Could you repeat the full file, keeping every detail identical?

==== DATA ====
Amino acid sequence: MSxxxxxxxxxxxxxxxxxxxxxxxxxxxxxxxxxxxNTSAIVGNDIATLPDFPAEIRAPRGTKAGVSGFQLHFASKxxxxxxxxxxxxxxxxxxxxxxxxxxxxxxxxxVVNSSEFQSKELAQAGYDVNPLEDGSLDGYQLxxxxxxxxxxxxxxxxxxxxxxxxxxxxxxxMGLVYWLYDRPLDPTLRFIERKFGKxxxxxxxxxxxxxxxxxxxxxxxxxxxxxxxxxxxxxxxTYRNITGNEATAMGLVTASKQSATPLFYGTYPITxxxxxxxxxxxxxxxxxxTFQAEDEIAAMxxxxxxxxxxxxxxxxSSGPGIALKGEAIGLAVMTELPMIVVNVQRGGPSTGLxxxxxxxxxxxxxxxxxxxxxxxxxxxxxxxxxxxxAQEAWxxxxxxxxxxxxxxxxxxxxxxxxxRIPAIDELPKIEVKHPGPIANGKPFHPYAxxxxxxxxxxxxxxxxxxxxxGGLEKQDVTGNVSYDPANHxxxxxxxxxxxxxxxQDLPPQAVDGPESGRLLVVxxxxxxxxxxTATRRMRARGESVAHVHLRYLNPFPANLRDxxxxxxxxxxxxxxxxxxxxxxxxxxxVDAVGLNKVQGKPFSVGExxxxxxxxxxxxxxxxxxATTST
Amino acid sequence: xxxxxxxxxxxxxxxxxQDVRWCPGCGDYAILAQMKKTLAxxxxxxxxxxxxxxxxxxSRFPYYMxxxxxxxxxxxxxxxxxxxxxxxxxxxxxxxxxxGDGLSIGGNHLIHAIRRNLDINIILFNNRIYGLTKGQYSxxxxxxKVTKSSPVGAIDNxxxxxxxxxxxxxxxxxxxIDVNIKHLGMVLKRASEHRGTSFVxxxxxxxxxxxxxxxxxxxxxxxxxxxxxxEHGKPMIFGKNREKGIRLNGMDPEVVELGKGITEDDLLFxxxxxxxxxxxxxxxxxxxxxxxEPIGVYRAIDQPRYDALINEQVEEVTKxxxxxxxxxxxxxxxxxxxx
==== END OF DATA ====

Amino acid sequence: MSxxxxxxxxxxxxxxxxxxxxxxxxxxxxxxxxxxxNTSAIVGNDIATLPDFPAEIRAPRGTKAGVSGFQLHFASKxxxxxxxxxxxxxxxxxxxxxxxxxxxxxxxxxVVNSSEFQSKELAQAGYDVNPLEDGSLDGYQLxxxxxxxxxxxxxxxxxxxxxxxxxxxxxxxMGLVYWLYDRPLDPTLRFIERKFGKxxxxxxxxxxxxxxxxxxxxxxxxxxxxxxxxxxxxxxxTYRNITGNEATAMGLVTASKQSATPLFYGTYPITxxxxxxxxxxxxxxxxxxTFQAEDEIAAMxxxxxxxxxxxxxxxxSSGPGIALKGEAIGLAVMTELPMIVVNVQRGGPSTGLxxxxxxxxxxxxxxxxxxxxxxxxxxxxxxxxxxxxAQEAWxxxxxxxxxxxxxxxxxxxxxxxxxRIPAIDELPKIEVKHPGPIANGKPFHPYAxxxxxxxxxxxxxxxxxxxxxGGLEKQDVTGNVSYDPANHxxxxxxxxxxxxxxxQDLPPQAVDGPESGRLLVVxxxxxxxxxxTATRRMRARGESVAHVHLRYLNPFPANLRDxxxxxxxxxxxxxxxxxxxxxxxxxxxVDAVGLNKVQGKPFSVGExxxxxxxxxxxxxxxxxxATTST
Amino acid sequence: xxxxxxxxxxxxxxxxxQDVRWCPGCGDYAILAQMKKTLAxxxxxxxxxxxxxxxxxxSRFPYYMxxxxxxxxxxxxxxxxxxxxxxxxxxxxxxxxxxGDGLSIGGNHLIHAIRRNLDINIILFNNRIYGLTKGQYSxxxxxxKVTKSSPVGAIDNxxxxxxxxxxxxxxxxxxxIDVNIKHLGMVLKRASEHRGTSFVxxxxxxxxxxxxxxxxxxxxxxxxxxxxxxEHGKPMIFGKNREKGIRLNGMDPEVVELGKGITEDDLLFxxxxxxxxxxxxxxxxxxxxxxxEPIGVYRAIDQPRYDALINEQVEEVTKxxxxxxxxxxxxxxxxxxxx